Marriage equality has been in the spotlight recently, as President Barack Obama announced the federal ban on same-sex marriage is unconstitutional, spurring Democrats in Washington, DC, to discuss an attempt to repeal the Defense of Marriage Act (DOMA). Denny Smith of St. Cloud, Minnesota, wants to bring the same-sex marriage debate to the forefront both statewide and beyond through the new organization he founded, Winning Marriage Equality (WME), of which is Executive Director.
A longtime GLBT advocate, retired teacher, and author of God did TOO make Adam and Steve, Smith says, “People have a right to live their life in a state of happiness and with the person that they choose. That’s what’s driven me to this.”
Smith incorporated WME in January with the ultimate goal to energize and educate those in the GLBT community and allies alike. It aspires to mobilize others, through seminars and rallies, to advocate for marriage equality, and employ various media to disseminate their ideas.
As Smith shares, he has “high stakes” in WME. His eldest son, Kyle, and his son’s partner, Joe, have been in a committed relationship for 16 years. Although they were unable to marry, Joe immediately was accepted as part of the family.
Smith explains, “I considered Joe my son-in-law. Everything was this really neat, normal family life. But then, the legal shoe fell.”
Joe was in the United State on a student visa, and when it expired, he had to return to the Philippines.
Smith relates that the separation was “absolutely devastating. Here are two bright, young people who love each other, and they can’t be together.”
As Smith notes, if Kyle had the same rights as his brothers, he could be with the one he loves. While Kyle and Joe lived in Seattle, they would go home to St. Cloud for the holidays every year. Smith recalls that the first Christmas without Joe, Kyle was miserable.
So, as Smith puts it, “One of my goals is, before I meet my maker, I want my whole family together for Christmas.”
Smith clarifies that his family is just one example of the effects of denied GLBT rights, and people all over the country are experiencing similar hardships.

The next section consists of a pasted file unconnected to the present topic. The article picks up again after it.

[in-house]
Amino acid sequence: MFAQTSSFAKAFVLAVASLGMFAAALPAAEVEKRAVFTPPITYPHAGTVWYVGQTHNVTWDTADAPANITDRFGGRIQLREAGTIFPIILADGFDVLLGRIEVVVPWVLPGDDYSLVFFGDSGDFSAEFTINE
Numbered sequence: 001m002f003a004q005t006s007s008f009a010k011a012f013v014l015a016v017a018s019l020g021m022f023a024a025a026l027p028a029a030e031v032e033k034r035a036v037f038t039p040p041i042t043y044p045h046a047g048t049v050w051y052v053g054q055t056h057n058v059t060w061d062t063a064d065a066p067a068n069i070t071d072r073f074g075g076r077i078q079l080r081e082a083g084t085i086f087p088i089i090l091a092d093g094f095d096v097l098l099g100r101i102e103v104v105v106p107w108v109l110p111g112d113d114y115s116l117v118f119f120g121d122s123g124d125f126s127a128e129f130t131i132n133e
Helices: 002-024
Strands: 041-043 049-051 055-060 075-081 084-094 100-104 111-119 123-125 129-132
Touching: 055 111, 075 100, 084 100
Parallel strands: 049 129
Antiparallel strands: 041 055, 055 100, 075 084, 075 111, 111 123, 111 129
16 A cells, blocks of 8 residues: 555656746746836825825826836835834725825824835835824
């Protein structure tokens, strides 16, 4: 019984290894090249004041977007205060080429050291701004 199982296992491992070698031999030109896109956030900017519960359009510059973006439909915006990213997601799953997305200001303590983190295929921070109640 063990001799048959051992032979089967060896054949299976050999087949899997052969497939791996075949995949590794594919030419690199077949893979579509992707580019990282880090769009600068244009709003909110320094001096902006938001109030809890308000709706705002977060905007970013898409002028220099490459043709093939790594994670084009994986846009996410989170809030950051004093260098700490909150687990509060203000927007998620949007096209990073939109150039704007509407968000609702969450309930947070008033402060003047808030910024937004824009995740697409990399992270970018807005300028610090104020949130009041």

In Smith’s words, “There are a lot of people in a lot of pain, and quite frankly, that shouldn’t happen in America.”
Smith’s emotional family situation interweaves with his positive message that things are going to change.
WME, according to its mission statement, is pursuing “equality, respect and dignity for LGBT people, their families, and their relationships.”
Its founder wants not only to pursue the goals and spread the ideals of WME, but also prepare others to do the same, as he points out: “My major goal here is to get out the message. Give people the courage to stand up, and then give them information to have meaningful dialogue.”
WME, which is funded by donations and fundraising, aims to train others to advocate for marriage equality through positive and productive means.
Smith observes, “Eventually, we want to have people well-versed enough that they can go out, and do what we’re doing. I’m not on an ego trip about my message. I really want everybody to start talking about this.”
As Smith emphasizes, WME, in addition to stoking debate, is striving to muster not only those in the GLBT community, but allies as well.
In Smith’s view, “More than anything, I see so much potential out there to energize a base of allies. My contention is this: We don’t have to argue with the antigay organizations. We don’t have to outshout them. All we have to do is outnumber them. This is a constitutional issue guaranteeing people equal rights. Moral or immoral—we can argue that until we are blue in the face—but it doesn’t matter. This is a constitutional issue.”
Smith expresses that he is “optimistic” in regard to the current political climate in Minnesota—a Republican majority in the State Legislature and a Democratic Governor—and its effect on the progress of marriage equality, adding, “Not everybody shares my optimism yet. But give us a year.”
WME is working to pass the torch of optimism in a time when some are fighting to uphold legislation that restricts equal rights for GLBT people, Smith comments, while others attempt to define what constitutes a family.
Smith muses, “Traditional family is determined by love, not by makeup. I don’t see how we can criticize love, but yet, as a society, we have a tendency to do that.”
While discussing future legislation, either local or national, granting marriage equality, Smith remarks that when it gets on the ballot, “Let’s make darn sure we are energized and informed.”
Smith states that WME’s hope ultimately is to equip any who feel intimidated with information and courage actively to pursue and defend what should be guaranteed by the US Constitution.
As Smith asserts, “We don’t have to choose to be intimidated anymore. We have a great message. We have a message of love. We have a message of equality. We have a message of family values. We have all of those good things, and all we have to do is get out, and tell our story.”
WME will conduct free seminars throughout March in Duluth, Minneapolis, and St. Cloud. Smith, who has extensive experience as a professional orator and seminar leader, will speak at the events.
For more information, visit www.wmenow.org.